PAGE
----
Still, I can't entirely hate Skyrim. Despite its deliberate simplicity and redundancy, that insane pile of money thrown into its development yielded a great many serene, captivating hours wandering the snowy slopes of here and there, picking berries and catching fireflies. Paradoxically, a much better designed game recently drove me to fire up my old Argonian character in Skyrim. For all I enjoyed Pillars of Eternity, it did suffer from some glaring half-implemented features cut short during development and though the spell / ability system's shortcomings had a more negative impact on actual gameplay, I can't help but shed a tear for Caed Nua, PoE's woefully lackluster attempt at a home base. You build one-click simplistic upgrades which serve no purpose and offer little to no eye-candy either: dining rooms in which you never dine, libraries which hold no books, defensive walls awaiting raids which never arrive. Caed Nua never feels like home.
(The Endless Paths of Od Nua on the other hand were freaking brilliant but that's a topic for another day.)
So PoE inadvertently made me fire up Skyrim again, not for the game itself but for its Hearthfire expansion. Welcome home.
dank lair into the ground and filled it with zombies and wild beasts if I'd had the choice, but the most you can get out of Skyrim's options seems to be generic Sims-ish homeyness. Well, okay, my tendencies nonetheless assert themselves - I refuse to put in any lighting in my basement aside from the pale red glow from my forge, though unfortunately I've yet to find a way to fill it with cadavers.
The best part is that you actually build the damn place. You buy a plot of land and buy lumber and have it shipped there and dig for clay and collect all sorts of resources like glass and straw to build each upgrade. Simpleminded and linear it may be, like the rest of Skyrim, but the Hearthfire expansion makes you work for it and that's very important to build a player's sense of attachment to one's base of operations. Even more important, it's functional.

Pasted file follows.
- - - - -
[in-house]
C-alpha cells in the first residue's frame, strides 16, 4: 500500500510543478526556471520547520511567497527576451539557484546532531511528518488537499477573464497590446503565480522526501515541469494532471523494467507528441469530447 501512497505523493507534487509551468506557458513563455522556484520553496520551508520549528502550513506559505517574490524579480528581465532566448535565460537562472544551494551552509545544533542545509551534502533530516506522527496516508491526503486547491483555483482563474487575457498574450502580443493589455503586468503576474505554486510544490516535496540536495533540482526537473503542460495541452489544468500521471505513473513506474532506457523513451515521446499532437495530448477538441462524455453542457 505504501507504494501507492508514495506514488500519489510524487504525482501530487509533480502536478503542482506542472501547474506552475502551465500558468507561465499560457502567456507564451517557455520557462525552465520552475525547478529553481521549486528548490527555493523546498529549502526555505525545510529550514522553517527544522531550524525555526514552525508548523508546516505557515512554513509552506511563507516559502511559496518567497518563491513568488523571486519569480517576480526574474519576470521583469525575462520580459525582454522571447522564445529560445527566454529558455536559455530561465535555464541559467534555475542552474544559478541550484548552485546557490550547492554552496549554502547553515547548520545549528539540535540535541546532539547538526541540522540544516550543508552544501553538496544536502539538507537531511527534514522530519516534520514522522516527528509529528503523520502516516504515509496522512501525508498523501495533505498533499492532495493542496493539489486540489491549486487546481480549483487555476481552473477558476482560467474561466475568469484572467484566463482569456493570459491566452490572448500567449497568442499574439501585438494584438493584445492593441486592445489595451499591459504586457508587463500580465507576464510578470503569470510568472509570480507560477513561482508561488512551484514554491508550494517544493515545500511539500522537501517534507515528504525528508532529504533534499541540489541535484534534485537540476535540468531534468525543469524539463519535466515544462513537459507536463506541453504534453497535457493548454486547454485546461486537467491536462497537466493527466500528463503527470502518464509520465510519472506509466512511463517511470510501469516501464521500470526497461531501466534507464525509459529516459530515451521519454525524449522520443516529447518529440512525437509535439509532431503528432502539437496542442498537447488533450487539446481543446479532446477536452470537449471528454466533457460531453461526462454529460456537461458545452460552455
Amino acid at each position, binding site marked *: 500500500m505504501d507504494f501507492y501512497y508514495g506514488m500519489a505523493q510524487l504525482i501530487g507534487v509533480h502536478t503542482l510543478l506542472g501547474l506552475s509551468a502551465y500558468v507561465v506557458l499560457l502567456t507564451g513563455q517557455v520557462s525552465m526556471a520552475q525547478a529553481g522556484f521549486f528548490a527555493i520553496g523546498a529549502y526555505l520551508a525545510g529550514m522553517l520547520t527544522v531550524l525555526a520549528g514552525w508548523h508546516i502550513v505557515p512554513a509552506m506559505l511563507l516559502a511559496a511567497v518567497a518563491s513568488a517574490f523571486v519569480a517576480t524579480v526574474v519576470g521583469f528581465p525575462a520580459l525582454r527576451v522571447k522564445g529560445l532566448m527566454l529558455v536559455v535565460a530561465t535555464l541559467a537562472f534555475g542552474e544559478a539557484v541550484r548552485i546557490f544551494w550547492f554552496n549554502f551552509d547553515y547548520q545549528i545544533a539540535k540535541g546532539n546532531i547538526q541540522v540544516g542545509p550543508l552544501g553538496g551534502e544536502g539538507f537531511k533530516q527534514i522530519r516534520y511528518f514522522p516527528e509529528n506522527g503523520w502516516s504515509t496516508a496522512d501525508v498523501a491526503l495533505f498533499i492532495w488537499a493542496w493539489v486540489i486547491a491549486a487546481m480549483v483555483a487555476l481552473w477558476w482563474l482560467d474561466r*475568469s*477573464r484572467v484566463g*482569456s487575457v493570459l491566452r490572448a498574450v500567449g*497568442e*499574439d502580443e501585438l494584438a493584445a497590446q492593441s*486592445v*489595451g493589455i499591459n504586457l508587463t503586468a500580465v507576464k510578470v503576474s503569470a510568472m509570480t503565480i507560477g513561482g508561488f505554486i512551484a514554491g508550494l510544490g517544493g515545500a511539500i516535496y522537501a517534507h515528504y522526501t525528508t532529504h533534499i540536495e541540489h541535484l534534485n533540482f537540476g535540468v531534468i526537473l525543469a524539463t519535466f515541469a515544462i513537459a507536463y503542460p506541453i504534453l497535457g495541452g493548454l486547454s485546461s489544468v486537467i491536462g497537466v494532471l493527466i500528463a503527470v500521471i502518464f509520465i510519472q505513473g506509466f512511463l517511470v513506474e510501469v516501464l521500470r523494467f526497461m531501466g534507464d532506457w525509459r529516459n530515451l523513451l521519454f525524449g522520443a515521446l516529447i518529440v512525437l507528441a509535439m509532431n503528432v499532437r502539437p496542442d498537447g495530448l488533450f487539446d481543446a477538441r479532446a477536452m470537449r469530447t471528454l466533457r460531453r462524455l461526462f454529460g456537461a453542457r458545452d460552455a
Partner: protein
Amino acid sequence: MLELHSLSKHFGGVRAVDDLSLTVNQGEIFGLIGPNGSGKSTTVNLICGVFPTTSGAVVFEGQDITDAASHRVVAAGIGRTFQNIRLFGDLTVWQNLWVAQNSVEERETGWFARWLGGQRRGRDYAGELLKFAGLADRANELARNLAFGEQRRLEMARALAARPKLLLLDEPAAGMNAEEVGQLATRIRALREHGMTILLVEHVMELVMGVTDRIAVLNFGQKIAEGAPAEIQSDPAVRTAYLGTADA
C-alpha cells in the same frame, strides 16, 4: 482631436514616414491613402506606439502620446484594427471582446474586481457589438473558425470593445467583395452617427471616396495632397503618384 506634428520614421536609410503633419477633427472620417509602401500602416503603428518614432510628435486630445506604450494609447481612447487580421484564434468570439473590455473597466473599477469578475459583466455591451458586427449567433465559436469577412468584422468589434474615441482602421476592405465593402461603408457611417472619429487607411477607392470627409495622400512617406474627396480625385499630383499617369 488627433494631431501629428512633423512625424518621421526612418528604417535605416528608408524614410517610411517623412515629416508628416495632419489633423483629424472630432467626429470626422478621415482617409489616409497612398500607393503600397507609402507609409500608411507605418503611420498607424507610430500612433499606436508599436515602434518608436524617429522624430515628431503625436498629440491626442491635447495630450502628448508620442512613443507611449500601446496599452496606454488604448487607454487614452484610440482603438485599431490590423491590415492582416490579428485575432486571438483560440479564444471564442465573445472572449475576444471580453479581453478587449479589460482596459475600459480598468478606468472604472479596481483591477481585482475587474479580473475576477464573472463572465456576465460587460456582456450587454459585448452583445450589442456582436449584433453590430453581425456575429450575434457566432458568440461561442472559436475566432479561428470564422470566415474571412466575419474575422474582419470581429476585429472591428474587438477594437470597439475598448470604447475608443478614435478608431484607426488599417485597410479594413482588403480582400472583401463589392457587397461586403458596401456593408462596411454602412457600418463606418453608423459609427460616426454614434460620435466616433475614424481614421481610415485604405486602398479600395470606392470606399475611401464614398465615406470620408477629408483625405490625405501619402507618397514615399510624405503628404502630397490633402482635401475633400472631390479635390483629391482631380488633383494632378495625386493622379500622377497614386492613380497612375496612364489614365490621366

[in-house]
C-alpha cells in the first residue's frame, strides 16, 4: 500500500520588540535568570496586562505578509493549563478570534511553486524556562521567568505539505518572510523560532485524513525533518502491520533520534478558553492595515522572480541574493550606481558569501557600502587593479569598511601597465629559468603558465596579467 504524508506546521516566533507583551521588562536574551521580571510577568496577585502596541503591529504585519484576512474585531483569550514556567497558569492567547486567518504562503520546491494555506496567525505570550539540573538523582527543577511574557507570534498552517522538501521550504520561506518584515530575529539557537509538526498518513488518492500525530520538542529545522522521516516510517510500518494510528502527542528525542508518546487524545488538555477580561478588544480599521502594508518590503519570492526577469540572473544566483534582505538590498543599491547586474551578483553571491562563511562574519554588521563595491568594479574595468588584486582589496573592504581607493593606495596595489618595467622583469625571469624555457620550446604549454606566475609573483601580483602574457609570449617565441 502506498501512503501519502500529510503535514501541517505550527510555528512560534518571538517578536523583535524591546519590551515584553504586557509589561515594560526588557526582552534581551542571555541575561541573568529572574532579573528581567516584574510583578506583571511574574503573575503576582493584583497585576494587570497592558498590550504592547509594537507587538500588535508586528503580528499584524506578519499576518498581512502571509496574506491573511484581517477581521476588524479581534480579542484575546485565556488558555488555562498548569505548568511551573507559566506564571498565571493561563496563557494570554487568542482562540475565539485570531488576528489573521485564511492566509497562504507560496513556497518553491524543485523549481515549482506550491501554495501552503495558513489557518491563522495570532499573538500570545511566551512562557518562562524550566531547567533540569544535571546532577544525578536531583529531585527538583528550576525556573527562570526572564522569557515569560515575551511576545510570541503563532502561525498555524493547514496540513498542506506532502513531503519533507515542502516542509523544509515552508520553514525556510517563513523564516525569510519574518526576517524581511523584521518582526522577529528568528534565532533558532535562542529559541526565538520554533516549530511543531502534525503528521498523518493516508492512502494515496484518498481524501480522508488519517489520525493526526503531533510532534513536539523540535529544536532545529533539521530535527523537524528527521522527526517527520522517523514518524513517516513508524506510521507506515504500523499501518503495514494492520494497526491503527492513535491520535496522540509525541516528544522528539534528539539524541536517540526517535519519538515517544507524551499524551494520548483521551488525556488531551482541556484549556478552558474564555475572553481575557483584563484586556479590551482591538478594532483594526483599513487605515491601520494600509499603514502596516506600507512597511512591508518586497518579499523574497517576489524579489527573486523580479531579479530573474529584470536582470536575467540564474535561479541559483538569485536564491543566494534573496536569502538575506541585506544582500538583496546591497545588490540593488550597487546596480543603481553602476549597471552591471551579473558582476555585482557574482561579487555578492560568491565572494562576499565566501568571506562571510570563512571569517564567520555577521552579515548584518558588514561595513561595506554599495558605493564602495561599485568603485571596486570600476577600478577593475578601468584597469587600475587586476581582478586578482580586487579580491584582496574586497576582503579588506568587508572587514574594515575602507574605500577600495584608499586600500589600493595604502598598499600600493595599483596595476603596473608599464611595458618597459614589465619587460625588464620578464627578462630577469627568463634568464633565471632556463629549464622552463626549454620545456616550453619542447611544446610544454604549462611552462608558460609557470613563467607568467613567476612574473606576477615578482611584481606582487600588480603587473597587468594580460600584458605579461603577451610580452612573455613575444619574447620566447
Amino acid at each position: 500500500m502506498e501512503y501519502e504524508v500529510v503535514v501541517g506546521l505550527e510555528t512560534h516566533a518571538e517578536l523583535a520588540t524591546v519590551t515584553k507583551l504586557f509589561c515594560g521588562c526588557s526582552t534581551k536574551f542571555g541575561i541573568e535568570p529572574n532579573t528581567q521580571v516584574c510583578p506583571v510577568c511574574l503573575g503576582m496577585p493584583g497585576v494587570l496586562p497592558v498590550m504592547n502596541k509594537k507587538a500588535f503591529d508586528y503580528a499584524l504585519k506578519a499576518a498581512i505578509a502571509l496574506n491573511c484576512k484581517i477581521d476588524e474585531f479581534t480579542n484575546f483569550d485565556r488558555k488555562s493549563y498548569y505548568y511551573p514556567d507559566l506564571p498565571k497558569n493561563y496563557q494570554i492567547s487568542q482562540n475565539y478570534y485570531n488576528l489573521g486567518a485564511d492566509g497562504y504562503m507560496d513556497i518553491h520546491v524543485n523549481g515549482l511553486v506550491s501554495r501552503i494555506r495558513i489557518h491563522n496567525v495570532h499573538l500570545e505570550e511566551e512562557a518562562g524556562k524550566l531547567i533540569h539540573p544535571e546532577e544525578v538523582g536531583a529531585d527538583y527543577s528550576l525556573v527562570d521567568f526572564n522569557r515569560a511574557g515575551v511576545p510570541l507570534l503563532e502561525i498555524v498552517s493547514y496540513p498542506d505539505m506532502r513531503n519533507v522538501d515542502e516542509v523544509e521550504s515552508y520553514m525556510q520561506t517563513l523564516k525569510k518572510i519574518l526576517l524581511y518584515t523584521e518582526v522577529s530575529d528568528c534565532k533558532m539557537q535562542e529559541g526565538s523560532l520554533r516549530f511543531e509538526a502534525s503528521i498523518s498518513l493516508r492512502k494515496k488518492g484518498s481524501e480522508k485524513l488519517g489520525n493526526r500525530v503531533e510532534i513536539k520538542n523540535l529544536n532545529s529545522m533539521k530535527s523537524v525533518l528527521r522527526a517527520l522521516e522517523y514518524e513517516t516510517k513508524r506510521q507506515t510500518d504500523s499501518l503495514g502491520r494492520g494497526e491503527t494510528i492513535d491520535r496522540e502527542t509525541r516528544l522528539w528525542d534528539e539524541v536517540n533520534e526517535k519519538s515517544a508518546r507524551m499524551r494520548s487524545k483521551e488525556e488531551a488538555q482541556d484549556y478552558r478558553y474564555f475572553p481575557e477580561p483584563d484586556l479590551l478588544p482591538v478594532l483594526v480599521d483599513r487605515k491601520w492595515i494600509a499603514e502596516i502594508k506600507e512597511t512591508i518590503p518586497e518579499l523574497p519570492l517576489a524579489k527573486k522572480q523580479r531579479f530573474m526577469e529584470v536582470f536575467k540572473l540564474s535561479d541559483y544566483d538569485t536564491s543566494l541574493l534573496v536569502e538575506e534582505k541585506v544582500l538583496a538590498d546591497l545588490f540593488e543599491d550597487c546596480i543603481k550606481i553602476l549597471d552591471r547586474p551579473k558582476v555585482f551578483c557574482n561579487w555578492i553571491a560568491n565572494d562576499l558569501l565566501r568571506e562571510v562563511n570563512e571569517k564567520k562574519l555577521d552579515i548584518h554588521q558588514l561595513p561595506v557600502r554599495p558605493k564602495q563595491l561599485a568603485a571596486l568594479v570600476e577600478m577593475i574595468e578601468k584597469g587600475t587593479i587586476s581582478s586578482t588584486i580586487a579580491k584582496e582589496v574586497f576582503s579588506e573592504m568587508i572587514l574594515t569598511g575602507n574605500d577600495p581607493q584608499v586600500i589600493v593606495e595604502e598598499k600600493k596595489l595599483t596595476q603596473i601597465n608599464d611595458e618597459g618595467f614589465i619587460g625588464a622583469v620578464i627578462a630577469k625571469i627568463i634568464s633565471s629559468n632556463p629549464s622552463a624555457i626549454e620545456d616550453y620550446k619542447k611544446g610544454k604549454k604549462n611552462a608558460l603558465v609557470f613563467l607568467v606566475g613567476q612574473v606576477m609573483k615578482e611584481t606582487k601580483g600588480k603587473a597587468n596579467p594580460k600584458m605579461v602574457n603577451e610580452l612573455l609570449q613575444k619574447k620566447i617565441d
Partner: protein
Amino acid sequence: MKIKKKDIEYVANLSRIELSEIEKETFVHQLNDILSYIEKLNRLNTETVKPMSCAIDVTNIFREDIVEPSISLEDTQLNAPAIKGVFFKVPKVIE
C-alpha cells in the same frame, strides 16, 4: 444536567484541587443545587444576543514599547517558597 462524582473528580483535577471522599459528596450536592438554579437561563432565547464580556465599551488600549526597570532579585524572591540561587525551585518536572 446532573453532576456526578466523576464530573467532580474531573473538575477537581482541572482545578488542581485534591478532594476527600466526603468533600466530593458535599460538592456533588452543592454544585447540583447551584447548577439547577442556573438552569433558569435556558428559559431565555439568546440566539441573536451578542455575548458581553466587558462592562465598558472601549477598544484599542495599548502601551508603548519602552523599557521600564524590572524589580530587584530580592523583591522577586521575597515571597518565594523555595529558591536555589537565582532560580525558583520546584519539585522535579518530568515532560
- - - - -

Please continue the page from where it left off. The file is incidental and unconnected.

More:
ergotism never made it into the alchemical system) and as the stuff grows it attracts butterflies and bees as well. Whoever masterminded the Hearthfire expansion had an excellent mind for detail and went just one step further with every facet of the place. If you build a kitchen it comes with a functional oven for cooking. You decorate the walls with trophies from the battlefield. Your family sits down for breakfast at the big table in the central room. Your servants defend your home from attacks by wild creatures. Last but not least, these homes are... let's say "situated" - no mere "third house on the left" they occupy distinctive locations, carefully landscaped in keeping with the Elder Scrolls series' brilliant mapmaking in general.
Don't underestimate the importance of making the player work for and be rewarded by a base of operations. Hearthfire by itself has more than doubled my Skyrim play-time.